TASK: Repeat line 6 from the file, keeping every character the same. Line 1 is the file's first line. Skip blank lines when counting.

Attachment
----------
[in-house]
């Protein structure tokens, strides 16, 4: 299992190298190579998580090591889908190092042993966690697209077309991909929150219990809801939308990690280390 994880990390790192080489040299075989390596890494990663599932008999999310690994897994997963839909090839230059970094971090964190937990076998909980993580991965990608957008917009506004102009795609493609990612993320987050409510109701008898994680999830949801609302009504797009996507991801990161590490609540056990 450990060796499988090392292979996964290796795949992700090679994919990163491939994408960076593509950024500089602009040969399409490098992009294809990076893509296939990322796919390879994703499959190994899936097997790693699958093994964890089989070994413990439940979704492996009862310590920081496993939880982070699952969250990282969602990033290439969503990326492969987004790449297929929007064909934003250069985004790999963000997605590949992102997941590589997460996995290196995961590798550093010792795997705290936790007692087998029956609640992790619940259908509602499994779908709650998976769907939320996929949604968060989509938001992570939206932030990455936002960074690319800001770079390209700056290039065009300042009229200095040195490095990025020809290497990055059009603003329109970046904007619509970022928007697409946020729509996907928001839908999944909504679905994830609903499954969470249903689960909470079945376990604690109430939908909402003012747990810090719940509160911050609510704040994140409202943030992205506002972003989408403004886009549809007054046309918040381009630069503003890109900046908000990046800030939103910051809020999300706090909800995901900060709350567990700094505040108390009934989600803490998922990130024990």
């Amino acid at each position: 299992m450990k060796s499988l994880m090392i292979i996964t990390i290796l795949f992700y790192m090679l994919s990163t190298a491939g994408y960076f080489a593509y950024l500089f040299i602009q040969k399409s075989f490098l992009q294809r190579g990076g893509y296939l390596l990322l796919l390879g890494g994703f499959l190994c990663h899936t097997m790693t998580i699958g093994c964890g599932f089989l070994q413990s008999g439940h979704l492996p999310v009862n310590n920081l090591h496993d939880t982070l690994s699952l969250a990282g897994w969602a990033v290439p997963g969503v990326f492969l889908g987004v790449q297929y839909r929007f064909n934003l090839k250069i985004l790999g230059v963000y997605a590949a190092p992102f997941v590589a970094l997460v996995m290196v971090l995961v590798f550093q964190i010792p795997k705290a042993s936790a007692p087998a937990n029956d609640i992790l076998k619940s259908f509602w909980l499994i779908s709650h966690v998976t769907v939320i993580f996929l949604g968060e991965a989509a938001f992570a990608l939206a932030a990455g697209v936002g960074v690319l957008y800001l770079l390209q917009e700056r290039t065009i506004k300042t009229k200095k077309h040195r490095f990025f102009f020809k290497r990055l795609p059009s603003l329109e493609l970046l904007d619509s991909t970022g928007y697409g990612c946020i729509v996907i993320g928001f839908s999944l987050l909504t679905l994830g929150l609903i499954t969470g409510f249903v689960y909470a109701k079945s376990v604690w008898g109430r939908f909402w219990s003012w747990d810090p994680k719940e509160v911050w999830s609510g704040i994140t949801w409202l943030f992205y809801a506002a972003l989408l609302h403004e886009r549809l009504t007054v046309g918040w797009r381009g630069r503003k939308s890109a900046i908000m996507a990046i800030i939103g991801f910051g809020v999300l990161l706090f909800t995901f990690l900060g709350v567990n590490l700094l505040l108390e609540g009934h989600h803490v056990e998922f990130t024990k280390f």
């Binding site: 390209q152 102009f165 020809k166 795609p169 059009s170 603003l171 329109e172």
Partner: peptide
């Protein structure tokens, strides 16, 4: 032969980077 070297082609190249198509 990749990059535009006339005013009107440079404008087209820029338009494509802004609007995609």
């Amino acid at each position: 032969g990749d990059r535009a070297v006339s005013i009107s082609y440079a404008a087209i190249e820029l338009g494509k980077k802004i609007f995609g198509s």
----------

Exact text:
């Protein structure tokens, strides 16, 4: 032969980077 070297082609190249198509 990749990059535009006339005013009107440079404008087209820029338009494509802004609007995609």